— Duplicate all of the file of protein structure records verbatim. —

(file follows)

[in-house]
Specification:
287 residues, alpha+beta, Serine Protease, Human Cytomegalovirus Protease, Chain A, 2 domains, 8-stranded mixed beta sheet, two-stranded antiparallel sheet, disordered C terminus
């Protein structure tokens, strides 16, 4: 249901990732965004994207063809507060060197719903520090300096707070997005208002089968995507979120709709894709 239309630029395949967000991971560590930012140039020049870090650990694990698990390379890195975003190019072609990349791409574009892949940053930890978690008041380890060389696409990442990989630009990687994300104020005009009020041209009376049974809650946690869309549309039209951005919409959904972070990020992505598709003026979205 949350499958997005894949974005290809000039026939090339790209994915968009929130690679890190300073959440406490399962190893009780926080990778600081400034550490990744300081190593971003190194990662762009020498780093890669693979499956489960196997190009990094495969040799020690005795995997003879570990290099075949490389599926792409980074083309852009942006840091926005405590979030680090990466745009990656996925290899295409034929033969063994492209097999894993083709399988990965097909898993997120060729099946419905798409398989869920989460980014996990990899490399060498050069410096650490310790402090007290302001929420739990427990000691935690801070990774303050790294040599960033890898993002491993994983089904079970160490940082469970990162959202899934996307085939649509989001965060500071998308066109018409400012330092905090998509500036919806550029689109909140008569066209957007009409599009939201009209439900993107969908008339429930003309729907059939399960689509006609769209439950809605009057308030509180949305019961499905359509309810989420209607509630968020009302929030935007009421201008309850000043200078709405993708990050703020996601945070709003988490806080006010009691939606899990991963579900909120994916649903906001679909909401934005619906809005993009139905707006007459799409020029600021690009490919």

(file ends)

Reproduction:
[in-house]
Specification:
287 residues, alpha+beta, Serine Protease, Human Cytomegalovirus Protease, Chain A, 2 domains, 8-stranded mixed beta sheet, two-stranded antiparallel sheet, disordered C terminus
């Protein structure tokens, strides 16, 4: 249901990732965004994207063809507060060197719903520090300096707070997005208002089968995507979120709709894709 239309630029395949967000991971560590930012140039020049870090650990694990698990390379890195975003190019072609990349791409574009892949940053930890978690008041380890060389696409990442990989630009990687994300104020005009009020041209009376049974809650946690869309549309039209951005919409959904972070990020992505598709003026979205 949350499958997005894949974005290809000039026939090339790209994915968009929130690679890190300073959440406490399962190893009780926080990778600081400034550490990744300081190593971003190194990662762009020498780093890669693979499956489960196997190009990094495969040799020690005795995997003879570990290099075949490389599926792409980074083309852009942006840091926005405590979030680090990466745009990656996925290899295409034929033969063994492209097999894993083709399988990965097909898993997120060729099946419905798409398989869920989460980014996990990899490399060498050069410096650490310790402090007290302001929420739990427990000691935690801070990774303050790294040599960033890898993002491993994983089904079970160490940082469970990162959202899934996307085939649509989001965060500071998308066109018409400012330092905090998509500036919806550029689109909140008569066209957007009409599009939201009209439900993107969908008339429930003309729907059939399960689509006609769209439950809605009057308030509180949305019961499905359509309810989420209607509630968020009302929030935007009421201008309850000043200078709405993708990050703020996601945070709003988490806080006010009691939606899990991963579900909120994916649903906001679909909401934005619906809005993009139905707006007459799409020029600021690009490919």